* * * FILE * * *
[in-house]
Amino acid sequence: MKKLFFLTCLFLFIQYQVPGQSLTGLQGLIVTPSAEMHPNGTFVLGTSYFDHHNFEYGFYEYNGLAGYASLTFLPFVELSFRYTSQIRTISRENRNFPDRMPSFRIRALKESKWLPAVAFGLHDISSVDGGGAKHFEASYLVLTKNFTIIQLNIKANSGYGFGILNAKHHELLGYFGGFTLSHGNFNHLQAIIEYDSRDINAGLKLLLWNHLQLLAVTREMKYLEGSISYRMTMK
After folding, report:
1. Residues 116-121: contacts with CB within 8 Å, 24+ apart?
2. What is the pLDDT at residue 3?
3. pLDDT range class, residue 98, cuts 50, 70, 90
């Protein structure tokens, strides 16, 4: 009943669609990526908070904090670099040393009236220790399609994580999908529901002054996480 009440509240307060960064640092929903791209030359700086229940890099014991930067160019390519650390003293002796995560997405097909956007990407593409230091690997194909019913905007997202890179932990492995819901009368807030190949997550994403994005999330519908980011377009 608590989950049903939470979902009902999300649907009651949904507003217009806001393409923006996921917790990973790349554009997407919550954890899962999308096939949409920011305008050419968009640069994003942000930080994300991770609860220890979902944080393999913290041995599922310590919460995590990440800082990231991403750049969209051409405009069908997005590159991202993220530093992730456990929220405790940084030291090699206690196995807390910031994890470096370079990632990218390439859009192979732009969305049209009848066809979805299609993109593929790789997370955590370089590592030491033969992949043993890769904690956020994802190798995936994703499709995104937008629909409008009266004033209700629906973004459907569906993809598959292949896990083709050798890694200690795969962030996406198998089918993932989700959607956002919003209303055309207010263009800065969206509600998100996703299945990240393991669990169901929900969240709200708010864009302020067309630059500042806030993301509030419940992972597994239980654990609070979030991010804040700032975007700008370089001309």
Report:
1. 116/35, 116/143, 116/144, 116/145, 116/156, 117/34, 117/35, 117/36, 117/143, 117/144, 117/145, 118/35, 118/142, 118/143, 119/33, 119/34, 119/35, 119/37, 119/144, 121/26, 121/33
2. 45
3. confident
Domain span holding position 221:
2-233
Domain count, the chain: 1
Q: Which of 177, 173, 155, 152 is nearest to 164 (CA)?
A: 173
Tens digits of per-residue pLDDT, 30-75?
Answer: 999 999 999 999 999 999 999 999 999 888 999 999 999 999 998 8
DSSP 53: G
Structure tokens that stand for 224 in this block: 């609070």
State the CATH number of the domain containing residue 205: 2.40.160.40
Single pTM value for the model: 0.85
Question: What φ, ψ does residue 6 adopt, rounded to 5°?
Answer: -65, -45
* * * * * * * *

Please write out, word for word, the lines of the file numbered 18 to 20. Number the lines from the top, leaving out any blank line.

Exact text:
Answer: 999 999 999 999 999 999 999 999 999 888 999 999 999 999 998 8
DSSP 53: G
Structure tokens that stand for 224 in this block: 């609070």